Page 19 - Student Organizations Manual

Everyone wants newmembers. New organizations are starting all the time. As the
number of student groups increases, the competition for newmembers intensifies.
This manual is designed to help your group successfully recruit and retain new
members.
GETTING STARTED
The first step to take in planning a recruitment drive is to look at your organization:
you have to know the product before you can sell it. The best way to run an unsuc-
cessful campaign is to be unsure of the goals and objectives of your own group. What
is our purpose? What are our future plans? Knowing the answers to these questions
will help you define who you want to recruit and how you want to recruit them.
Build a profile of the person you want to recruit: Freshman? Grad student? Male or
female? What major? Interests or hobbies? Religious affiliation? Is there a certain
spot on campus this person is likely to be? A dorm? A particular college or depart-
ment? What mediumwill most likely appeal to this person? Posters? Music? Keep
this profile in mind when you advertise.
Think of the things your organization has to offer to prospective members. Fun? Pres-
tige? Leadership possibilities? Developing interpersonal skills? Be sure to incorpo-
rate what you have to offer into your publicity.
PUBLICITY
The publicity for your recruitment drive will require your best effort in many areas, in-
cluding creativity, budgeting, and time management. Don’t be afraid to delegate au-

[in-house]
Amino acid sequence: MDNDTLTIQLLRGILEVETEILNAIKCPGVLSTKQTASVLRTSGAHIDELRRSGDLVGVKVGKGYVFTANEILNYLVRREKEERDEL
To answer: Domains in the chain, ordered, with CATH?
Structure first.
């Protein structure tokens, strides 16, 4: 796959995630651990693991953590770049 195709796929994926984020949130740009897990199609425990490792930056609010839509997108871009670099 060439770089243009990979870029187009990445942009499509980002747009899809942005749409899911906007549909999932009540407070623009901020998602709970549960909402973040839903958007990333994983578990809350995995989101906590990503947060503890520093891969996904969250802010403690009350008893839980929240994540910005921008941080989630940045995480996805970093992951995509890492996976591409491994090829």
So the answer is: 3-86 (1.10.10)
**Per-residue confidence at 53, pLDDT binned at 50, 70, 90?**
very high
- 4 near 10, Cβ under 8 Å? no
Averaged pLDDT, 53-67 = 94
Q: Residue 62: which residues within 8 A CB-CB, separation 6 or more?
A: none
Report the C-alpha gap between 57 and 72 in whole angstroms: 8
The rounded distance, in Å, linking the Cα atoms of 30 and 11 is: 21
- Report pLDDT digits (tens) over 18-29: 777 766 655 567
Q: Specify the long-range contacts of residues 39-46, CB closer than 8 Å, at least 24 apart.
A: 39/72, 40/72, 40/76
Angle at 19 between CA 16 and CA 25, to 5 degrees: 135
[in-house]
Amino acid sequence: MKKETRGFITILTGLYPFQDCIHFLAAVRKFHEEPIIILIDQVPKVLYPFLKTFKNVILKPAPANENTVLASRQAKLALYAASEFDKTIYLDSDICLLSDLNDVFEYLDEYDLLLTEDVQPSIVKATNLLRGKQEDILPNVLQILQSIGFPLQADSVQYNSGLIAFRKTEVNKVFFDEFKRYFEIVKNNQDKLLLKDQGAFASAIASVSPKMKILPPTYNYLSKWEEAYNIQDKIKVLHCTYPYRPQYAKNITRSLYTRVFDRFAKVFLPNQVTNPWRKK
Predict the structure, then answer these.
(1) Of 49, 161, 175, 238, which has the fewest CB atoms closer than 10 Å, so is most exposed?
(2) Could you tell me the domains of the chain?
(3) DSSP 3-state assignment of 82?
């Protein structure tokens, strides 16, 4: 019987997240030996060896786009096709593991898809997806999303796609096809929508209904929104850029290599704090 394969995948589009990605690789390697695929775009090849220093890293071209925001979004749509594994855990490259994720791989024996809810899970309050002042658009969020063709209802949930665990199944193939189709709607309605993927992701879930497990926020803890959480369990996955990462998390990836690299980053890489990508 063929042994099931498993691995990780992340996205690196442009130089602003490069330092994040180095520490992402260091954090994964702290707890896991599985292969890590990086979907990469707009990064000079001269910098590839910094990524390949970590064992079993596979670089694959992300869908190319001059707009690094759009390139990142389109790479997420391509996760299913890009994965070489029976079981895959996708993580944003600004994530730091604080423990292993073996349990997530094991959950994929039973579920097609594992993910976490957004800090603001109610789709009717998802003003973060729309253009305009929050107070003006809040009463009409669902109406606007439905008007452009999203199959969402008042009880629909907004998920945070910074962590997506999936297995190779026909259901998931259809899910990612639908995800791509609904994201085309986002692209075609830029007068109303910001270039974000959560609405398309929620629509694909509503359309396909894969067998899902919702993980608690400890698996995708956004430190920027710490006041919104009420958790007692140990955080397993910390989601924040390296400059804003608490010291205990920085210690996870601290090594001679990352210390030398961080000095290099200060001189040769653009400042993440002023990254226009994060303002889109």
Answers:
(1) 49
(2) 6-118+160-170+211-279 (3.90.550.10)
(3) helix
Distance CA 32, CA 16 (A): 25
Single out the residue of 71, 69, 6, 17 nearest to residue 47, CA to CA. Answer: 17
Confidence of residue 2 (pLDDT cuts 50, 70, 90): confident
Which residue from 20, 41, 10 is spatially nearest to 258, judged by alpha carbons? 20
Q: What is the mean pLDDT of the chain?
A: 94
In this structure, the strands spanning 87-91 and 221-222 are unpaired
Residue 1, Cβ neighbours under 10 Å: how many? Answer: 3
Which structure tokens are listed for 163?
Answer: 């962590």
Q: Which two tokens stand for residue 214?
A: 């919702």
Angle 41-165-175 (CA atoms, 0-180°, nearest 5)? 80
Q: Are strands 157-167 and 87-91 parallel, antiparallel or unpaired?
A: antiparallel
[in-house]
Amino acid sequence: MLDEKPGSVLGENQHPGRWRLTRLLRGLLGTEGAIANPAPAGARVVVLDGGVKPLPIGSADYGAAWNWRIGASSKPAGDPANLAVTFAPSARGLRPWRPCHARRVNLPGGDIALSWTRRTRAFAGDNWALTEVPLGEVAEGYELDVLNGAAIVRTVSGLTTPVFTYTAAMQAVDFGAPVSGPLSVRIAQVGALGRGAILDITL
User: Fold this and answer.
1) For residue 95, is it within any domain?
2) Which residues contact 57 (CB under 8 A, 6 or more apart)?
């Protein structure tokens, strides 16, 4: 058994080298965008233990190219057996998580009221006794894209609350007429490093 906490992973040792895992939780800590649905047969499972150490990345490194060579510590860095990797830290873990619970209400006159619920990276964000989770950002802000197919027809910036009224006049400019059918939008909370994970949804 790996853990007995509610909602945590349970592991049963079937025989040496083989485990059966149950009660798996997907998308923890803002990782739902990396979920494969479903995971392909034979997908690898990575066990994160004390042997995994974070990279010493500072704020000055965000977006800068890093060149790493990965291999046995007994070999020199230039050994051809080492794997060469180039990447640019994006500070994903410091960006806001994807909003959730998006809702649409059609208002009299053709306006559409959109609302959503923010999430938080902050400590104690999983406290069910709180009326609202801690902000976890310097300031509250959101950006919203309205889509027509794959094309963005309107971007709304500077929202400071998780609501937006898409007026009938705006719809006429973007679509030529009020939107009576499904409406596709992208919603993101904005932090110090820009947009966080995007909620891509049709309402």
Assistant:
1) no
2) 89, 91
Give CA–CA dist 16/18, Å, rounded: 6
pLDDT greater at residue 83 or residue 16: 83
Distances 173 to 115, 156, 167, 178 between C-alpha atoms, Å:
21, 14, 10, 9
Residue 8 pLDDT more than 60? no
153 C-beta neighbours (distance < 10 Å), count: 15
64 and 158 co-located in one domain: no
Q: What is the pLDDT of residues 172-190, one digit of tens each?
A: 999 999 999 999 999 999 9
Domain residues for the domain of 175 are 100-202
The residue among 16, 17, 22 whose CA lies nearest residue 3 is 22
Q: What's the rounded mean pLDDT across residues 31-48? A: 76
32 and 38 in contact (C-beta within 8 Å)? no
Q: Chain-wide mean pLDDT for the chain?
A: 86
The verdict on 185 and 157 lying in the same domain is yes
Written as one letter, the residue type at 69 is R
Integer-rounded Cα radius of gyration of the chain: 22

thority. Organize committees for publicity and other areas. Get the whole group
involved: the group will work better if everyone is given a role in planning and execut-
ing the drive. A satisfied customer is your best advertising—If your members are
pleased with your organization (and their role in it), they will do a much better job of
selling the product.
BE CREATIVE. Your publicity is more likely to be effective if it is noticed. Make a real-
istic budget and stick to it. Any publicity must be cost-effective to be successful.
Write out a time-line of all deadlines to be met—be sure to plan the entire campaign
well in advance (e.g., when is the deadline for getting the publicity to the printer so
that it gets back to us in time?).
ABILL OF RIGHTS FOR VOLUNTEERS
RIGHT to Information
to knowwhat is expected of me
to training required to complete assignments
to knowwhat resources are available and how to access them
(
i.e. budget, supplies, etc.)
to knowwhat opportunities and benefits are available
to be informed of activities and decisions
RIGHT to Structure
to share in planning group goals
to share in making rules that govern the group
to take part in the decision making process
RIGHT to a Sense of Belonging
to feel that no one objects to my presence
to feel that I am sincerely welcome
to feel that I am honestly needed for my total self, not merely for my
hands and time
to be treated as a co-worker
to not be taken for granted
RIGHT to Participation
to choose level or type of responsibilities
to have responsibilities that challenge
to expansion at a rate my abilities allow
to express ideas
to give constructive criticism
to self termination plan
RIGHT to Recognition
verbal recognition of work well done
appropriate rewards
to expect evaluation of performance from peers and advisors
RIGHT to Enjoyment
Motivating Members
If it weren’t for my apathetic membership, I’d be doing fine- they just don’t care.”
Sorry, membership apathy is more than non-caring or laziness. Apathy is no more and
no less than the “flipside” of motivation. An apathetic/non-motivated member is:
unconcerned
without emotion
unaware of the “turn-on” opportunities
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